ASPEN " Four people emerged unscathed from an aircraft Wednesday after a pilot glided it 8 miles, without its propeller, to a safe landing at the Aspen-Pitkin County Airport.
"[Pilot Barry Cox] just did a tremendous job," said the airport's assistant aviation director, David Ulane, who witnessed the emergency landing. "Not only did he land without a propeller, he wasn't able to see out the front. ... It's one of the more tremendous things I've seen."
Some 10 minutes after taking off from the Aspen airport, Cox's single-engine Piper Malibu lost its propeller, and thick oil covered the windshield. Cox remained calm, however, and turned the aircraft around to make a glide landing by navigating through the side windows, he said.
Cox and his three passengers were uninjured, and the runway was closed only momentarily while crews towed the plane off the tarmac, according to airport officials.
"It was exciting," Cox, an Aspen resident, said hours after the incident. "This was just one of those freak things."
Cox, whose plane left Aspen shortly before 10 a.m., was taking his daughter and her friend to the Denver International Airport. Another friend, Stan Cheo of Woody Creek, was hitching a ride to a doctor's appointment in Denver.
While climbing at about 16,000 feet, some 8 miles north of the airport, engine oil spattered the windshield and Cox radioed the Aspen tower about the problem, he said.
Moments later Cox heard a loud boom.
"I didn't know it at the time but that's when the propeller fell off," Cox said. "I just started gliding, and I couldn't see out the front."
The engine was still running, but Cox had no power. Cox said he simply followed procedures he had studied and practiced for more than 30 years of flying experience.
"My daughter said she was scared," Cox said. "I was just saying, 'We're OK, we can glide from here and make it.'"
Keeping up his speed, he knew he had just one shot at landing, so Cox steered in "high and fast," waiting until the last minute to drop the landing gear so he wouldn't "bleed off too much speed."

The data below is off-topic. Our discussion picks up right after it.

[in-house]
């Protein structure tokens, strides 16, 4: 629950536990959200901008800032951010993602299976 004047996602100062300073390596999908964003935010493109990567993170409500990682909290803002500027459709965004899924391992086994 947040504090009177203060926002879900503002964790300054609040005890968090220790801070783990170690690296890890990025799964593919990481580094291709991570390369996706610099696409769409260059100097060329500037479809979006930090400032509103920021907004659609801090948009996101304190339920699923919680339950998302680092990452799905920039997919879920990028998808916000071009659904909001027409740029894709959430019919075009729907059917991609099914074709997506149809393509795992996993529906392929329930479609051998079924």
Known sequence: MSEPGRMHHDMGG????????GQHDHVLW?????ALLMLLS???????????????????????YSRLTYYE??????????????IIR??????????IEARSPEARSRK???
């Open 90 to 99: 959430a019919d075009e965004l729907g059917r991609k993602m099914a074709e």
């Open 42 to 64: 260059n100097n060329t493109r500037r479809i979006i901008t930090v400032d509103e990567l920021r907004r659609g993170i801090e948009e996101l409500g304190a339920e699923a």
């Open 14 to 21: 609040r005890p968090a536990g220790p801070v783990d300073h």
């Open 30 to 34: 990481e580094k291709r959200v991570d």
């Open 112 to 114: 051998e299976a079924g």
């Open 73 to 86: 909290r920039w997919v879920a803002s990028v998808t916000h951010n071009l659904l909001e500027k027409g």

Cox once landed a plane without a windshield, he said, but said Wednesday's incident was his closest call.
"Barry was so calm about it," said Cheo, who flew in the co-pilot seat.
When he smelled burning oil, Cheo feared the plane would burst into flames, he said.
"He did everything he should have," Cheo said. "He pulled off an amazing stunt. He's an incredible pilot."
"It's the only time I've lost an engine," Cox said. When he landed, he was greeted with handshakes from nearby mechanics.
"We all kind of did a double take as he went by," Ulane said.
Both the Aspen fire department and the Pitkin County Sheriff's Office were called to respond, but the aircraft landed without incident before local officials arrived.
A businessman originally from the Missouri, Cox began flying planes out of college and commuted between subsidiaries of his distributing business on his own set of wings, logging some 7,400 hours in the air, as much as many commercial aviation pilots.
It was those years of training and experience taking off and landing in Aspen that kept him calm under pressure, Cox said.
"At the time I was totally cool because that's what you've got to do," Cox said.
When Cox got on the ground, however, he said he started thinking about what could have happened if the plane was farther from the airport or in thick clouds.
"I've never actually heard of a propeller fall off," Cox said.
Cox's Piper Malibu dates back to 1988, but the Continental engine was a recently re-manufactured model with just 147 hours in the air.
Cox believes it was a metallurgical defect where the propeller meets the crank shaft in the nose of the plane that caused the problem, and said he hopes the repair will be covered in a warranty.
Though the incident won't change how he flies, Cox said he's looking into a more-reliable jet-prop conversion on his plane.
"We felt like kissing the ground," Cheo said after the ordeal. "It wasn't our time. ... It's wonderful to be able to hug my daughters and wife."